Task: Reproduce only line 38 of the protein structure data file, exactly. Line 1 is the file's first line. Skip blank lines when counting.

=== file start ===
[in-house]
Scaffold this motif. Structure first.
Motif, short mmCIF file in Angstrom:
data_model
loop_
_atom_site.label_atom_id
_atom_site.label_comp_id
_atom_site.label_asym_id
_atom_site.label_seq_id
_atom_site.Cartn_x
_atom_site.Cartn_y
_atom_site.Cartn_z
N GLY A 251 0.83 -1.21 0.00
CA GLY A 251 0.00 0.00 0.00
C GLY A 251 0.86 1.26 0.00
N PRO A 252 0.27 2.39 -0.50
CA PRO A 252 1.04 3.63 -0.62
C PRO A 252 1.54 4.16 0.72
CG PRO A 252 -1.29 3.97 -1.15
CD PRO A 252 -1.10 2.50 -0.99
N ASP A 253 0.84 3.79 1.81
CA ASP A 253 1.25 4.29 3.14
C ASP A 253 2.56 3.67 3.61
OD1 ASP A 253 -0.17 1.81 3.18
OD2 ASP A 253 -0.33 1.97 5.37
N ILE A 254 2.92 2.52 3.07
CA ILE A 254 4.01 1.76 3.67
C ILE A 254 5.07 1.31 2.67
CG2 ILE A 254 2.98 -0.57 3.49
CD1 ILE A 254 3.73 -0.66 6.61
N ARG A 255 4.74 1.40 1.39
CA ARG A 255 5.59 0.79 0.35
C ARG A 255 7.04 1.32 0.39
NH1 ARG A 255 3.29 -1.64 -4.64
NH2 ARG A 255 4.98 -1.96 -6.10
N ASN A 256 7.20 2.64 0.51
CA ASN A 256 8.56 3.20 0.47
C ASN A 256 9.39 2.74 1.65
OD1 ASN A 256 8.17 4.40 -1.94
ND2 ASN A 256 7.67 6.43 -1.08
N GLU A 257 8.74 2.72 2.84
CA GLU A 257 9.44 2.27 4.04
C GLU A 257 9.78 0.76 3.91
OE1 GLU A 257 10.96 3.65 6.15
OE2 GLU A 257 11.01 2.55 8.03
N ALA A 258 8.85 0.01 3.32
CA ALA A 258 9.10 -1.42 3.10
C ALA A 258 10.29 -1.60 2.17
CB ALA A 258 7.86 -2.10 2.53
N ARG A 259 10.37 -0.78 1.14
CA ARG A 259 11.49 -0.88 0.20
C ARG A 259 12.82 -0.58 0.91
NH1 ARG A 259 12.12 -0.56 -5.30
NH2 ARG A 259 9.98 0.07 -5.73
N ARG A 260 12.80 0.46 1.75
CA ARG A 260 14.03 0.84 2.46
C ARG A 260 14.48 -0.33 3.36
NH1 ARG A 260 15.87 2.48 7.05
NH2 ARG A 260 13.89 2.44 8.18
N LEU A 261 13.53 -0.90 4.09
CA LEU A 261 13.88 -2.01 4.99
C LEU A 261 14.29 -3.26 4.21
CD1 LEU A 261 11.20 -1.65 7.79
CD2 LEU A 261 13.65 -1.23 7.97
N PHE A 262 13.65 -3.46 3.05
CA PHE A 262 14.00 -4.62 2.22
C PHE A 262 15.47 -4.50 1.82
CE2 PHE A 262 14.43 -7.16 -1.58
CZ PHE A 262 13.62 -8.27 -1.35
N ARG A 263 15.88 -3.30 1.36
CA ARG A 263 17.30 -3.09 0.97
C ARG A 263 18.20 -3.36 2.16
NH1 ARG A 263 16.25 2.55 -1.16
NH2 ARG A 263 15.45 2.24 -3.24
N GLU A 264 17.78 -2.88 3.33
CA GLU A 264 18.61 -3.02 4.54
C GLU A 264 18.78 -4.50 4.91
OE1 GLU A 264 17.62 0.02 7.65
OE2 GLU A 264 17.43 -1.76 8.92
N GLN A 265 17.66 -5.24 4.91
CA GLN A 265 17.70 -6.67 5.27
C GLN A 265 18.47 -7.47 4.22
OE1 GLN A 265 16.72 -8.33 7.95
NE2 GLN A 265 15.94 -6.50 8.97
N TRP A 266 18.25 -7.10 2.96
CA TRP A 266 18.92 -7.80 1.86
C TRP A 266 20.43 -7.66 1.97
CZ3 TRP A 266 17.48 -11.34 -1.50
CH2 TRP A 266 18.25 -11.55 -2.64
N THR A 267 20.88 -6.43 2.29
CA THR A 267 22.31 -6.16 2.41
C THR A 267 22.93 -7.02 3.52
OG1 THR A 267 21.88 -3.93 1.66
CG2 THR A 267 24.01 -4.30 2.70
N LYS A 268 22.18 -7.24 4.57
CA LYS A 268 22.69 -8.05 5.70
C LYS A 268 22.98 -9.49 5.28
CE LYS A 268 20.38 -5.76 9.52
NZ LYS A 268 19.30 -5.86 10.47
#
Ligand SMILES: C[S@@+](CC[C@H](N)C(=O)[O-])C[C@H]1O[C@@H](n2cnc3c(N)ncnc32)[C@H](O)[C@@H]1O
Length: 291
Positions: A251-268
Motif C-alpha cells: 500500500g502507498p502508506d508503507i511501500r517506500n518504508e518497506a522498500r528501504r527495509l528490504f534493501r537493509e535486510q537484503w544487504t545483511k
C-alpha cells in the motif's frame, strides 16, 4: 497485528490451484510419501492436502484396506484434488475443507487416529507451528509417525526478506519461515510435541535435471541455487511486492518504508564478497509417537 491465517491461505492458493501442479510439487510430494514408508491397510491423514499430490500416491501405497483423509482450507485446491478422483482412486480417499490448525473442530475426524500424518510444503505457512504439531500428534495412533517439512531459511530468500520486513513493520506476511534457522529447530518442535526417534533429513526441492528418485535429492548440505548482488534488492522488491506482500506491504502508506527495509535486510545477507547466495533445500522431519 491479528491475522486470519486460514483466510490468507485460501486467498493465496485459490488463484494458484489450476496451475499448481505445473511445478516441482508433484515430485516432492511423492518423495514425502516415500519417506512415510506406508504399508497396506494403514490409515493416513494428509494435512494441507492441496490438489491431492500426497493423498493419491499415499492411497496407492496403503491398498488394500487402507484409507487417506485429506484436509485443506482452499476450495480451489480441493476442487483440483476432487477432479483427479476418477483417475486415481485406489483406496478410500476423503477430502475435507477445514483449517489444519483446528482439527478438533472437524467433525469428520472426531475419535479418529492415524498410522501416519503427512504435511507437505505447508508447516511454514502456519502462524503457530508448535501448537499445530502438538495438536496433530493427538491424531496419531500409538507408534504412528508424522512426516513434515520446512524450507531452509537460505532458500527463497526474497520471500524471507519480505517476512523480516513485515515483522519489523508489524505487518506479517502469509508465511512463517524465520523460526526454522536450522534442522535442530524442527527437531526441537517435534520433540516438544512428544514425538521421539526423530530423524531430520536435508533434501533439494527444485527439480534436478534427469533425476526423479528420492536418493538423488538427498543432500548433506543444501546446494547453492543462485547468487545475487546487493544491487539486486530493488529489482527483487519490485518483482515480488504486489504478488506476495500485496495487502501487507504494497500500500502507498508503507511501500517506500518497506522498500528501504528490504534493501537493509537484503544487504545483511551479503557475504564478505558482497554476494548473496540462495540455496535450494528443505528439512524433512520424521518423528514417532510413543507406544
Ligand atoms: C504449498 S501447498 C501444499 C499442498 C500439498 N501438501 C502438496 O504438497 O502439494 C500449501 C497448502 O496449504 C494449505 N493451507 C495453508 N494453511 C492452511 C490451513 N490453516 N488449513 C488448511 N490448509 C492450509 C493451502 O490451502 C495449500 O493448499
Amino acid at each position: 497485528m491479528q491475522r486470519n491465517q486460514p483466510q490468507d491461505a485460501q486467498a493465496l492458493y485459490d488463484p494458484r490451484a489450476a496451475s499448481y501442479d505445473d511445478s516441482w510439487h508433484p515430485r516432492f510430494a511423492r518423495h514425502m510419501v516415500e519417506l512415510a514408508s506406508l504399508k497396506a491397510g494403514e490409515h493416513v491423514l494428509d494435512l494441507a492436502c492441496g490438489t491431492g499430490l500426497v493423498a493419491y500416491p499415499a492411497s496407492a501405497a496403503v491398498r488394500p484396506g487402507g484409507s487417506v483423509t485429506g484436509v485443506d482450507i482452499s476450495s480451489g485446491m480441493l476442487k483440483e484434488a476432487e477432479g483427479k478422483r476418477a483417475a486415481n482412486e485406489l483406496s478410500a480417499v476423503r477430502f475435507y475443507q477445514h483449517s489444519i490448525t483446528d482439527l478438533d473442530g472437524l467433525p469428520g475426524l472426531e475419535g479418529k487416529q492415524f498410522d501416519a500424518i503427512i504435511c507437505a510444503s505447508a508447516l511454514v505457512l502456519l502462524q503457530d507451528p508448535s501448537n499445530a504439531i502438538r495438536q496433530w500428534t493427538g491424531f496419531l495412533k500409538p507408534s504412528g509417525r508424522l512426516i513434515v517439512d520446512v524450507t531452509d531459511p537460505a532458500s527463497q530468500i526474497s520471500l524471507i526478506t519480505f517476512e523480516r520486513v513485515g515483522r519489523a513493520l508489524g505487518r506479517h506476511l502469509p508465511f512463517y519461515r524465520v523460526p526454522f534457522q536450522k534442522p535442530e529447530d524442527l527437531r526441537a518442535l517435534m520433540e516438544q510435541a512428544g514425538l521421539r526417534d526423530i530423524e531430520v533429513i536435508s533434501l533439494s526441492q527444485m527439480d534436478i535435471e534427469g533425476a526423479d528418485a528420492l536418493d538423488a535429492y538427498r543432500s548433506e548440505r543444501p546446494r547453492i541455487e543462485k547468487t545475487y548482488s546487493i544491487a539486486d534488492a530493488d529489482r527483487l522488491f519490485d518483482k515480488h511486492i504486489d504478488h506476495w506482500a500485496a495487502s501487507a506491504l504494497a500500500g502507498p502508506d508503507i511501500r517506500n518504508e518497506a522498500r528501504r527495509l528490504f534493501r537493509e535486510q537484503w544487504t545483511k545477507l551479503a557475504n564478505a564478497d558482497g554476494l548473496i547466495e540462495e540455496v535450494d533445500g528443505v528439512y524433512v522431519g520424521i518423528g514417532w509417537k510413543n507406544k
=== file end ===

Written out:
C ASN A 256 9.39 2.74 1.65